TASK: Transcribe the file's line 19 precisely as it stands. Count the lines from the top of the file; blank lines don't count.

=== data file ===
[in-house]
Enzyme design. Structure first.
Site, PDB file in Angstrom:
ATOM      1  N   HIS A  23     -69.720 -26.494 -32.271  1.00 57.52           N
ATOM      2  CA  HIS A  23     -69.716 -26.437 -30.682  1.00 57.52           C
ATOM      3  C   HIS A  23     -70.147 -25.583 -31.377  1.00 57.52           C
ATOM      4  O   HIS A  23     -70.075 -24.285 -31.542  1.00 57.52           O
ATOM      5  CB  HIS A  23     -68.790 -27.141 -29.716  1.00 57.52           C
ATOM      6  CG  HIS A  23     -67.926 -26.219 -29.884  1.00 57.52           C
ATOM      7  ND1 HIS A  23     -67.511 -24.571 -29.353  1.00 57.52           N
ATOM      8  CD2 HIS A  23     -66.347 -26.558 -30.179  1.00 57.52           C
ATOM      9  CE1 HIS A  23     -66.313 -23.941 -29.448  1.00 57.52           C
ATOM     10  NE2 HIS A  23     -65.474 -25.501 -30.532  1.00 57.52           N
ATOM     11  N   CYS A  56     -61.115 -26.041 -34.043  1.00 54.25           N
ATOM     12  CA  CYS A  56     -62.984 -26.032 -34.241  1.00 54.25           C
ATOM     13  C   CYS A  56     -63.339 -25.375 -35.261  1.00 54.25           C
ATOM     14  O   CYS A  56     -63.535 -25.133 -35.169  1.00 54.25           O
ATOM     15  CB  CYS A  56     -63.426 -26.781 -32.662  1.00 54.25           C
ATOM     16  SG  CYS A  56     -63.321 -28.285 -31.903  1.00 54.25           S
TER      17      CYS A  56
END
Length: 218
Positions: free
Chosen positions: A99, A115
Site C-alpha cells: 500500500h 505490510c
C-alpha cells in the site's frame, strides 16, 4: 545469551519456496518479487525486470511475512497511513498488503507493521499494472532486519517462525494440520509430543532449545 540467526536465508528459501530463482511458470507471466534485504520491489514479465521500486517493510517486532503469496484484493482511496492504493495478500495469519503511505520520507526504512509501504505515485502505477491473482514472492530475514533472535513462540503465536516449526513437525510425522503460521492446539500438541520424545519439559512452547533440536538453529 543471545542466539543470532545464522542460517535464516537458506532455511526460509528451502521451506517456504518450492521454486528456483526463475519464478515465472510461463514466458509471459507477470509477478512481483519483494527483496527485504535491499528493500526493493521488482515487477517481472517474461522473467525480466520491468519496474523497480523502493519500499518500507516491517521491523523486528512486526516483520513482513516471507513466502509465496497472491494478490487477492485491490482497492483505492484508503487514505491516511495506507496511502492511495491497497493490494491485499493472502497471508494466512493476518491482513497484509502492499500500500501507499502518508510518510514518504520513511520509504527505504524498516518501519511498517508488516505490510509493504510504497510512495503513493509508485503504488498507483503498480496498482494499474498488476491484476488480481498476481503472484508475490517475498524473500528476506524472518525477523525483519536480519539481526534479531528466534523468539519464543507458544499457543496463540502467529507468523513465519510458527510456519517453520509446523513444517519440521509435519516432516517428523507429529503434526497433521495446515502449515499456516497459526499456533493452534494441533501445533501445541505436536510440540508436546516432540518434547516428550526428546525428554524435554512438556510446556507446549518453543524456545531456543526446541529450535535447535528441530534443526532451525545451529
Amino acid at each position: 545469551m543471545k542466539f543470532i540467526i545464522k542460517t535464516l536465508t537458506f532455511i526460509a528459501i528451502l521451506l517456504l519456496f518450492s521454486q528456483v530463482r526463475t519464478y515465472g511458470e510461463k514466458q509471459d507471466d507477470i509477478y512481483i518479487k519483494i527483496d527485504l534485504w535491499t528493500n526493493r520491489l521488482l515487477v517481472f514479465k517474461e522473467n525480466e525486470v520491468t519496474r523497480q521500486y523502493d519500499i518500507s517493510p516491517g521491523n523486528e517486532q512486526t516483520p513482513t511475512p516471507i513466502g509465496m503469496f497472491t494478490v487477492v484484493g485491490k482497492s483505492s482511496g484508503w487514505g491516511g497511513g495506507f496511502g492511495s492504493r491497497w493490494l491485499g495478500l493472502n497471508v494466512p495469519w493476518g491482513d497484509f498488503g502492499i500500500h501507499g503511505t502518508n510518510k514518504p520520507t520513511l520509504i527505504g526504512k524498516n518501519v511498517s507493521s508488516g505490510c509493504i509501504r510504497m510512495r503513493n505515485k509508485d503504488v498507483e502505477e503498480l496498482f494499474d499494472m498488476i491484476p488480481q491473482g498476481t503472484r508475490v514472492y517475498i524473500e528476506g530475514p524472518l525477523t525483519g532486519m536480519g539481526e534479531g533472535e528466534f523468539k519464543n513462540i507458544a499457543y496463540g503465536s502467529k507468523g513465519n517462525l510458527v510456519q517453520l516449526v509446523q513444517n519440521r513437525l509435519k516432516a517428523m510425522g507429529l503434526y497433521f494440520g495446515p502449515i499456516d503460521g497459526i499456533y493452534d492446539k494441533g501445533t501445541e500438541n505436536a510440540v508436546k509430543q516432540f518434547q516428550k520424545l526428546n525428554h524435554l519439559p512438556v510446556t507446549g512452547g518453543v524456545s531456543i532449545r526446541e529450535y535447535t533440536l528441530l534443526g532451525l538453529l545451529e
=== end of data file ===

ATOM     16  SG  CYS A  56     -63.321 -28.285 -31.903  1.00 54.25           S